Shoes, Shaving and Feminism.
They coexist! January is well behind us so our local gyms have given up on bombarding us with newsletters to get us working on a beach body but shedding winter clothes is always a cue for endless talks on how to best get rid of body hair. For us this means time to discuss feminism. Look, our trend reports will never be about your bikini line. Whether you like a mighty bush or prefer a Brazilian, a Hollywood or some other weird location to inspire your private bits - it’s up to you. We’d like to think the world has come far enough to allow a woman to make that decision on her own. The hair or bare discussion isn’t all that important to us. To us, this isn’t what feminism is about. You know how the first computers were literally the size of a room? We could bet there isn’t a single person in their right mind that still believes this is the case. Yet the idea of feminism as a bunch of angry women with hairy armpits is still here. Time to get over that perhaps? Those bra burning women gave us a right to vote, they left behind a legacy. We salute them all, however, we are not them. We like short skirts and high heels (duh) and sometimes find body hair super annoying. This isn’t anything revolutionary. If someone tells you that being a feminist means you can’t be feminine, you’re probably having a conversation with an idiot. Step along.
I personally spent a lot of time struggling to admit that I’m a feminist because of that. I said I was an individualist, that I stood for equality, that gender played no role in my eyes. Eventually I realised that’s pretty much the definition of feminism. The only thing that was missing was the courage to say it. It’s the fear of that stereotype; the fear of narrow-minded people pointing their fingers at me, telling me I’m ugly or worthless and that somehow this will make me less of a woman. Now it just seems sad. What’s even more sad is that there is still a huge number of women out there who feel the same way. The opposite are the people that slap the label onto everything. A TV show about women? Why it must be feminist! Actually, not necessarily. Sex and the City may have opened a dialogue but it’s still a show about infantile women with daddy issues and lust for expensive things. It shows successful women but even that exists purely on an idea level because all we ever see is a group of thirty something singles obsessing about guys. Everyone does that, or at least has at some point in their life, but ultimately this is a stereotype. The show wasn’t feminism, it was entertainment. This isn’t to say everything needs to have a deeper philosophical meaning but sometimes it’s worth taking things at face value. We wouldn’t call Cosmo mag a feminist almanac because it would kinda defeat the purpose, you know?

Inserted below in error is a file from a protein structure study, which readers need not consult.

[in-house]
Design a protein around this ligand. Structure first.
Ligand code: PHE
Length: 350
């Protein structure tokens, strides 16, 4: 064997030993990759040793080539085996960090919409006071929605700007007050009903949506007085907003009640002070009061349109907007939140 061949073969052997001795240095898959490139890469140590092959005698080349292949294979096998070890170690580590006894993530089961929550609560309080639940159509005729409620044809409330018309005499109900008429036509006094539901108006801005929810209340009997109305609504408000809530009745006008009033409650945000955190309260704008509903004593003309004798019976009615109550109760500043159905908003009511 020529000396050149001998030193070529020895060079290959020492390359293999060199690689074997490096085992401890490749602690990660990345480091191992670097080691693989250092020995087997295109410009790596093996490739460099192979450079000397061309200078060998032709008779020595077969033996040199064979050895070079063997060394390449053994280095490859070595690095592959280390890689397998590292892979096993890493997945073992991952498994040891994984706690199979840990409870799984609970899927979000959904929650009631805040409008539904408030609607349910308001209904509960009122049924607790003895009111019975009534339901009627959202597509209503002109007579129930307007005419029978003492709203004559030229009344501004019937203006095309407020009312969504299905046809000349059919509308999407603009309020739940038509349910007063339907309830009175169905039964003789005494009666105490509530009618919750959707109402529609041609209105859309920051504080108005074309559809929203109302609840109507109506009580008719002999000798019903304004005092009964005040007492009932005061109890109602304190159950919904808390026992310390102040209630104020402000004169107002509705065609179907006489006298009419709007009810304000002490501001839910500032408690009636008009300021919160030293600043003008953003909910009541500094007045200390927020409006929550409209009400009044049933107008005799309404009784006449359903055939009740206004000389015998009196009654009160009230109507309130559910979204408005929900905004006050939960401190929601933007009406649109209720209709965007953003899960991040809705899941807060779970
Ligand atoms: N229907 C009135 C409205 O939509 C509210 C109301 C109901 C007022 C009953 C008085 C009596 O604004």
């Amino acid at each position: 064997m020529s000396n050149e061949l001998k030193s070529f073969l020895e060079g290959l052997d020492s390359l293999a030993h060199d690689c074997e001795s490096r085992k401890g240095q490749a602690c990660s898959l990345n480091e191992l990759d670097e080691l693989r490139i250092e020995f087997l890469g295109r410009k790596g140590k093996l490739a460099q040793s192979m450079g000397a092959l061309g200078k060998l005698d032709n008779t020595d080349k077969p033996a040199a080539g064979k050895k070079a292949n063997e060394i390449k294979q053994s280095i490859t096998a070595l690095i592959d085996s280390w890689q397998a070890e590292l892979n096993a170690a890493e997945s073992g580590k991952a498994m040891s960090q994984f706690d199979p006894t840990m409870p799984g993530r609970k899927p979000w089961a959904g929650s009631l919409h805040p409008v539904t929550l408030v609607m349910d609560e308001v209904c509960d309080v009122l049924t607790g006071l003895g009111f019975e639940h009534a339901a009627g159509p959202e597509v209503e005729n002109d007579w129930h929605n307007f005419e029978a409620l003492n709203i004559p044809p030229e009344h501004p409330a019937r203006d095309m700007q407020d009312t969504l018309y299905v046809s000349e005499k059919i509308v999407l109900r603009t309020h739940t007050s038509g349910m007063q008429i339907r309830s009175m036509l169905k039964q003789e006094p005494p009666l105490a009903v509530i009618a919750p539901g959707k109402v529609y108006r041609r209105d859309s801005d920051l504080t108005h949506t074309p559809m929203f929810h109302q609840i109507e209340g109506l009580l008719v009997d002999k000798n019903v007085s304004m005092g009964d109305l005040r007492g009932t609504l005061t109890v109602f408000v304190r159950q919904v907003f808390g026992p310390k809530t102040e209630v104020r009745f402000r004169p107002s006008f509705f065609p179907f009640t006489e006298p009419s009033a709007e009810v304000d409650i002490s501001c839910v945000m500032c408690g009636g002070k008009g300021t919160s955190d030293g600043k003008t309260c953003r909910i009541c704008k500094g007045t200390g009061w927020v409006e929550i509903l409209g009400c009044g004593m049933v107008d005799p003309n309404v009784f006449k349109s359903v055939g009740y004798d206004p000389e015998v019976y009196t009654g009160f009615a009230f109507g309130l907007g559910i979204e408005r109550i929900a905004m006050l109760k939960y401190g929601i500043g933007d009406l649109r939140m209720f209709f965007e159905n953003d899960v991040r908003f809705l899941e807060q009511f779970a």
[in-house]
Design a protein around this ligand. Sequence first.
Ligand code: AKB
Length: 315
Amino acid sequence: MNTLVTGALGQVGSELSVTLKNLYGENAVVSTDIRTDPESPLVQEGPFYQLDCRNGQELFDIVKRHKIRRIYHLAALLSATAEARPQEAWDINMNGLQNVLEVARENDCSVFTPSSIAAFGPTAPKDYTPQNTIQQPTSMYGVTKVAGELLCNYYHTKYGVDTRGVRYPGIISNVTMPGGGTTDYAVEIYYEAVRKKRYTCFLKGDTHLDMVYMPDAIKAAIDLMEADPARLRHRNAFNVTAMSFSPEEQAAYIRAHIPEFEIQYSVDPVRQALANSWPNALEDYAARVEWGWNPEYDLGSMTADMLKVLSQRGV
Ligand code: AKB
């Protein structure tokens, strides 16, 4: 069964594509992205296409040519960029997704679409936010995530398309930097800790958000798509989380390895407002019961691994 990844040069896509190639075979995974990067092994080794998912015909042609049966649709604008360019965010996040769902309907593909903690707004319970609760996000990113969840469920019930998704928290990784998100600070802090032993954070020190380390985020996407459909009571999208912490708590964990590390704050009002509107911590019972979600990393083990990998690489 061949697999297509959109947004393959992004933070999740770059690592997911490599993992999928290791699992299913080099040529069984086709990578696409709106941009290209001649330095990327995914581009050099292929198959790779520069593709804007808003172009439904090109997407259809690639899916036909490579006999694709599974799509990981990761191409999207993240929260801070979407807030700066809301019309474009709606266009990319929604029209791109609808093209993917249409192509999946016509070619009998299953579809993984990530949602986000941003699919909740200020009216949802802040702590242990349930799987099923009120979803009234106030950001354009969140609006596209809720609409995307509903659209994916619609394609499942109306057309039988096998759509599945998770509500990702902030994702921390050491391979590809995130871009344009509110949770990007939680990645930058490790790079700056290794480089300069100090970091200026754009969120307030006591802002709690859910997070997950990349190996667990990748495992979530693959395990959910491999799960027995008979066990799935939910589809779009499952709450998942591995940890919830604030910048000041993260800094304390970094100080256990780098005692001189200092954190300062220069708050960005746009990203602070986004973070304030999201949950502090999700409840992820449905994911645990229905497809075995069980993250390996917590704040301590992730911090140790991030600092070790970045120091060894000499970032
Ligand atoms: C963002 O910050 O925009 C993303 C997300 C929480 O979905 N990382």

Male feminists have a place on this scale too, and turns out men that want to support women in our fight for equality also have issues. Last week a male student wrote in the Guardian
about the reception he receives when calling himself a male feminist. Men laugh and some women, worryingly we might add, don’t think a man could really support the movement. The idea of supporting feminism being emasculating in any way is awful. Of course women denying men the right to be feminist is even more awful because by doing so we are excluding them for our fight. If our fight is for equality, what’s the message we are sending out? We’re saying men can’t be compassionate, that weren't not fighting for women but against men. That actually we’re not at all that equal but rather that women are better.
That's feeding the stereotype we want gone. Cliches sometimes exist for a reason but this is so much wider than just one group of women. One hackneyed opinion shouldn't apply to all of us. There is no mythical sisterhood of lesbians with shaved heads and uptight spinsters wearing woolly jumpers. Not all feminists look the same or even think the same. Some might think that by selling high heeled shoes Miista conforms to beauty standards set by the patriarchy. It's okay because there is no one way of looking at things. Maybe there are people that use feminism as a shield for their hatred of men but don't hold it against all of us. The one thing to unite all feminists is that we believe in equality. Most of us aren't planning to use flamethrowers to achieve it.
Cover image by Nick Thomm